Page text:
Facebook Credits – Part 2: What's Here and What's Next

In Part 1, we looked at the history of Facebook Credits and the varying degrees of the many phases of the rollout. Here, in Part 2, we look at what's available today and what we can expect soon.

In Facebook Credits – Part 1, we looked at the history of Facebook Credits and the varying degrees of the many phases of the rollout. Now available in at least 14 applications, Facebook Credits is moving from a small number of test applications to widespread implementation. So what applications are Credits now available in and what’s in the immediate future for Facebook Credits? We will answer those questions in more in the second part of our two part series on Facebook Credits.

Facebook Credits Today

First off, Facebook Credits are now usable within a host of Facebook Applications. The list is shown below and is rapidly growing.

On the majority of these games, Facebook Credits can be used to purchase virtual currencies to buy virtual goods within the game. Happy Island by Crowdstar uses Facebook Credits exclusively for its in-game purchases, allowing you to purchase upgrades for your various Happy Island buildings immediately. The concept of ‘one-click purchases’ is in full effect here, and people who have Facebook Credit balances can make a quick payment without any sign-ups or credit card hassles.

Credits on Farmville

The big news is that FarmVille will reportedly be implementing Facebook Credits. While we’ve been hearing for a year-and-a-half that the Credits system was about to be ‘released’, this is probably the biggest real news so far. Farmville will not use Credits exclusively, but a “Pay with Facebook” button will be located beside the existing payment service offers, allowing you to buy Farmville Coins. I imagine that this is the first step, and eventually, as Zynga always does, they will iterate the shop page to include one-click purchasing options for users. This would involve showing item prices in Facebook Credits and allowing users to purchase virtual goods as well as currency.

Along with the news, we learn a few financial details about the Credits system. Facebook will take a Apple-esque 30% cut of all Facebook Credits profits, and rumors state that FarmVille alone could significantly boost Facebook’s revenues.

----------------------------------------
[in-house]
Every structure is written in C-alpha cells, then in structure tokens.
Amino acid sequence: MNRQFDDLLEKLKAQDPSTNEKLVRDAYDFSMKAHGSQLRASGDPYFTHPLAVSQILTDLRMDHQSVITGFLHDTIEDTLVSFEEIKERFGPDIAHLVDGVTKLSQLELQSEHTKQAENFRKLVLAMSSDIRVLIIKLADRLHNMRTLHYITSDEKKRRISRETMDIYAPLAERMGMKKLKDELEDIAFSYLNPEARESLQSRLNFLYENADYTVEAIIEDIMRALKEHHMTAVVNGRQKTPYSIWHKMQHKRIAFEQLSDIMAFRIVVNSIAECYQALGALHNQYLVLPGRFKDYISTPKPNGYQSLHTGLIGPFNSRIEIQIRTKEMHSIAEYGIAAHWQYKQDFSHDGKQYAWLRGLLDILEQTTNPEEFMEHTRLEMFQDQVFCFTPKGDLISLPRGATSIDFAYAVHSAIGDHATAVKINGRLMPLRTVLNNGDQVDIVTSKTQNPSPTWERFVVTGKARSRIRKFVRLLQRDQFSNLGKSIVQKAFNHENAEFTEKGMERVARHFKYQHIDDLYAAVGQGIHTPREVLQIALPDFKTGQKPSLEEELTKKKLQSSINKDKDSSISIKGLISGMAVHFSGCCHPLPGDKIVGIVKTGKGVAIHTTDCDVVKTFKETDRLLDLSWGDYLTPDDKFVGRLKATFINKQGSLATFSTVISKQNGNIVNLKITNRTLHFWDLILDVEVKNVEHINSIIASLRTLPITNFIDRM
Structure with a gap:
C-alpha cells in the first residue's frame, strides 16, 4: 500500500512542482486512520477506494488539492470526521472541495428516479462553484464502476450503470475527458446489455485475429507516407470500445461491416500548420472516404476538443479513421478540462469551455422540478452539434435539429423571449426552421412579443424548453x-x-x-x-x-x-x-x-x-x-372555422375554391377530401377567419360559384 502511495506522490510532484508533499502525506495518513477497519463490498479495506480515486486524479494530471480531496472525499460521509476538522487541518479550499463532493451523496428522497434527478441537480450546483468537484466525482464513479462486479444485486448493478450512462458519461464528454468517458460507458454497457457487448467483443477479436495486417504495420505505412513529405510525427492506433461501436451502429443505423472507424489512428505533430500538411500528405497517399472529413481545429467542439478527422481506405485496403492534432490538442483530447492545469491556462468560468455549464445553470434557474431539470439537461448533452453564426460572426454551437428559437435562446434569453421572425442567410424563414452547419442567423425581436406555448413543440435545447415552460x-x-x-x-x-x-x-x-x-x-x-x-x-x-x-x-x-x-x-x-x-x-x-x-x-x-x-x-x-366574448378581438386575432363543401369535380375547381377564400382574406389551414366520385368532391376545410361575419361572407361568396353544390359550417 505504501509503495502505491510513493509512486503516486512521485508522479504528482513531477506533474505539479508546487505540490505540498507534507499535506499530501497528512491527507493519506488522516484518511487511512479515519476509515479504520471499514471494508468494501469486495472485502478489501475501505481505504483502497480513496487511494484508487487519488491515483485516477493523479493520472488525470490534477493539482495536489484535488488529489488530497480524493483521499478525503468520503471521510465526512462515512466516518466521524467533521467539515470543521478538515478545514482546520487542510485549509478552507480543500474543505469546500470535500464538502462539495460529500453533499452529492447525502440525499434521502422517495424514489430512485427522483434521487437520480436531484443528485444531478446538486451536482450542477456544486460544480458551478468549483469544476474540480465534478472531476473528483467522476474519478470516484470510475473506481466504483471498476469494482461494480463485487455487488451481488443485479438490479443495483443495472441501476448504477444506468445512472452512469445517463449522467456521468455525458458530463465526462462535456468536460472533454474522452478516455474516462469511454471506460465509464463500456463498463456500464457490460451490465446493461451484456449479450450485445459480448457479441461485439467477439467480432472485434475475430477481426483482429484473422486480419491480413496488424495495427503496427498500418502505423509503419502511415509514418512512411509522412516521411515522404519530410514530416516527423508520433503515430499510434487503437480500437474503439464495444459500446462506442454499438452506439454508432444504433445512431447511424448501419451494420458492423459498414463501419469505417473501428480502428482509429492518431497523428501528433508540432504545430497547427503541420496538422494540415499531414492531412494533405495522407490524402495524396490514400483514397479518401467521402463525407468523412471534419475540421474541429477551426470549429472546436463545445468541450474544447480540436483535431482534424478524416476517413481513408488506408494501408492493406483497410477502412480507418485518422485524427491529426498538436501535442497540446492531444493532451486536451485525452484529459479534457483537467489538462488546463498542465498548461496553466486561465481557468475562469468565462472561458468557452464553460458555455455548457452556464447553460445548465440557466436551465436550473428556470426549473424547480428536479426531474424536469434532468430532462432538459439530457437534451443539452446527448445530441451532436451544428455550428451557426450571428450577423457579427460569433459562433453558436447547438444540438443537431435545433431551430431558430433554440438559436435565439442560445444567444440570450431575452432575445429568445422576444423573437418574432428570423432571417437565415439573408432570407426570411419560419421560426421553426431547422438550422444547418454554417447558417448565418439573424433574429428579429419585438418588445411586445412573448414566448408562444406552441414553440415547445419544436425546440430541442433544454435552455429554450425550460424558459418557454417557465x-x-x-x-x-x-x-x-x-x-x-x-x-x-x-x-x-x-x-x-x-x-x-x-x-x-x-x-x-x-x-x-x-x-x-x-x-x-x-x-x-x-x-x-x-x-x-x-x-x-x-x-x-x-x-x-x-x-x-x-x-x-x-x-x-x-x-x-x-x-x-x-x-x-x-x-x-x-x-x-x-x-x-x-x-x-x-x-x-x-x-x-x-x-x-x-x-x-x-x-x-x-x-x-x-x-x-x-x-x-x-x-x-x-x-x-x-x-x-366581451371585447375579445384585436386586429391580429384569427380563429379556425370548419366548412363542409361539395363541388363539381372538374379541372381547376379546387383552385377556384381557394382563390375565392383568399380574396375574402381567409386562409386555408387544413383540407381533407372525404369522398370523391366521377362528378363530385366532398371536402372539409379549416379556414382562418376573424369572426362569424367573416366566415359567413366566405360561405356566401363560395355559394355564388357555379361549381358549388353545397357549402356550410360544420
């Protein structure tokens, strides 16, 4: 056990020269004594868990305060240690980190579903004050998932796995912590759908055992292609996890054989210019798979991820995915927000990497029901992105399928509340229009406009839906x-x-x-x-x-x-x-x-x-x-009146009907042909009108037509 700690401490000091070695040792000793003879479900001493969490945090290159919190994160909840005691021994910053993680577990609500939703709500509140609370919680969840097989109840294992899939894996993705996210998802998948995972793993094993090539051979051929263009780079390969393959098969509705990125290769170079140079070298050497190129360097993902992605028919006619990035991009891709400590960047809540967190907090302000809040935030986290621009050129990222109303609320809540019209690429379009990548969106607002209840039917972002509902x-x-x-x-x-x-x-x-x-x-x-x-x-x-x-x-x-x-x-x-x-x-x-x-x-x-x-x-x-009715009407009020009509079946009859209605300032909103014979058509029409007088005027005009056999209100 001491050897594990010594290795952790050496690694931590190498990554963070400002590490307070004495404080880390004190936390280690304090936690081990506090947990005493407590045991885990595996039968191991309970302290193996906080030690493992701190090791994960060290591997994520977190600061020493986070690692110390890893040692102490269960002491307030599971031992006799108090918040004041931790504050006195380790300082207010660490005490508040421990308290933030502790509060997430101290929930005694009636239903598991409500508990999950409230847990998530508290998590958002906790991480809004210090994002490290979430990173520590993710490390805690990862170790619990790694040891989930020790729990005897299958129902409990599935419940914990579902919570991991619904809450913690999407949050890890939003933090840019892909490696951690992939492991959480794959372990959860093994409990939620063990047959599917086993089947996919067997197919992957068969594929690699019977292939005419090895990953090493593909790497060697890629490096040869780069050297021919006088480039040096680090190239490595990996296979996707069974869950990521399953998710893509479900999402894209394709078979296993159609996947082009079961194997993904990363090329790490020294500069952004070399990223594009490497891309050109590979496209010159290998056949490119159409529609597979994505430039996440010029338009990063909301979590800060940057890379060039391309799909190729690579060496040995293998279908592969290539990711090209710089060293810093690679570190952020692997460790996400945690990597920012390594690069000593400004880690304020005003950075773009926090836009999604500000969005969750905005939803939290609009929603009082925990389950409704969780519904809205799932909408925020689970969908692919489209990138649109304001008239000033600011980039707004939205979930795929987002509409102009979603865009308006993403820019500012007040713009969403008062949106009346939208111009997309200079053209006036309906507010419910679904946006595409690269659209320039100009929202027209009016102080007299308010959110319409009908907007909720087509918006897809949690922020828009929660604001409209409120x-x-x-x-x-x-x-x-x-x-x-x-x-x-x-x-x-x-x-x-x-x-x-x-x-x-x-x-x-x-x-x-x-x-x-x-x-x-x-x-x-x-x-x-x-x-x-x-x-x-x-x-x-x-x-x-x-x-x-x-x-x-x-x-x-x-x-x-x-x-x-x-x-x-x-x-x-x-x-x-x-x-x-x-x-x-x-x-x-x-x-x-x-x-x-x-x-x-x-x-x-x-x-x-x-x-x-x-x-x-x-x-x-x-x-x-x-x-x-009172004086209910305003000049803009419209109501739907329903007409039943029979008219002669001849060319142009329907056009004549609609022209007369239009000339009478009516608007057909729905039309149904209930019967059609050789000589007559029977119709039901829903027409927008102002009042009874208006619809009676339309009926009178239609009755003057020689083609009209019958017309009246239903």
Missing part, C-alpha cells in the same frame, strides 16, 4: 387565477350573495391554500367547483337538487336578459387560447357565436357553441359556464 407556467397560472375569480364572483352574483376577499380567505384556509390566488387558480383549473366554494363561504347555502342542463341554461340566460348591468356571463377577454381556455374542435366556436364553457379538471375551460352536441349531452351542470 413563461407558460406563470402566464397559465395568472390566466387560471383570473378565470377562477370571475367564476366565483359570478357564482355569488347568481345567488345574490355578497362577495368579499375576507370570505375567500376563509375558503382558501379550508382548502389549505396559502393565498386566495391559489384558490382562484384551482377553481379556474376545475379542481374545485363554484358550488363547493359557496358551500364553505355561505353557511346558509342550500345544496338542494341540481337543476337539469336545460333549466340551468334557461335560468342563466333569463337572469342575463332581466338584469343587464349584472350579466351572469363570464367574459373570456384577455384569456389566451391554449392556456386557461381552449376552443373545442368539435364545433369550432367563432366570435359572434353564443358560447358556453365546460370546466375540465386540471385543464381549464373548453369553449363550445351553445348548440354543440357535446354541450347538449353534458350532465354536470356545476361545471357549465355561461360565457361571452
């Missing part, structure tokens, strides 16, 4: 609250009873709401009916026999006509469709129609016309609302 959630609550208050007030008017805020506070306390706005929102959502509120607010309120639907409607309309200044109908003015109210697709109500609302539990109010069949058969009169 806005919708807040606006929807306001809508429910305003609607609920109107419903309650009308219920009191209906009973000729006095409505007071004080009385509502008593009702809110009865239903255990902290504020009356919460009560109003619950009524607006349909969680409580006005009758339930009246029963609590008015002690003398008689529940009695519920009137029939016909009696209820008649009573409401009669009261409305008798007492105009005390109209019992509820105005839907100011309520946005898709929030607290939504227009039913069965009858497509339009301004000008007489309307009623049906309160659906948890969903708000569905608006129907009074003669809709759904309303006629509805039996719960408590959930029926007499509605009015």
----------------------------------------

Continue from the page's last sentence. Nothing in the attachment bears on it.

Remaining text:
What’s Next?

So what’s next for Facebook Credits? News is pretty slim, but with Facebook releasing Credits to their #1 most popular application (at 75 million Monthly Active Users), we can certainly expect them to start releasing Credits to the other top applications as well.

Also, looking to some of their previous experiments, we can see that they have tried peer-to-peer Credit exchanges. For a short while, people could gift “credits” to other users for interesting status updates. This kind of social exchange of credits is a very interesting idea, and I wouldn’t be surprised if they try this more.

Finally, I expect to see some sort of experiment involving Facebook Connect. This has benefits to Facebook Users, Facebook Connect-enabled Site Operators and Facebook itself. Users get the one-click payment ability no matter where they are on the web, effectively bringing their “Facebook Wallet” wherever they go. Site operators increase ARPU by facilitating easier purchases. Facebook wins by of course, selling more Facebook Credits. I feel the reason that Facebook has been taking its time with the Credits system, is because they are envisioning Facebook Credits to become a very important part of web commerce.

Interesting to note is that virtual currencies within games are not exchangeable back to Facebook Currency at all, as that would walk the fine line of the US Unlawful Gambling Act, which states that virtual currencies cannot be extracted for real cash (although there are a few ways to get around that, apparently).

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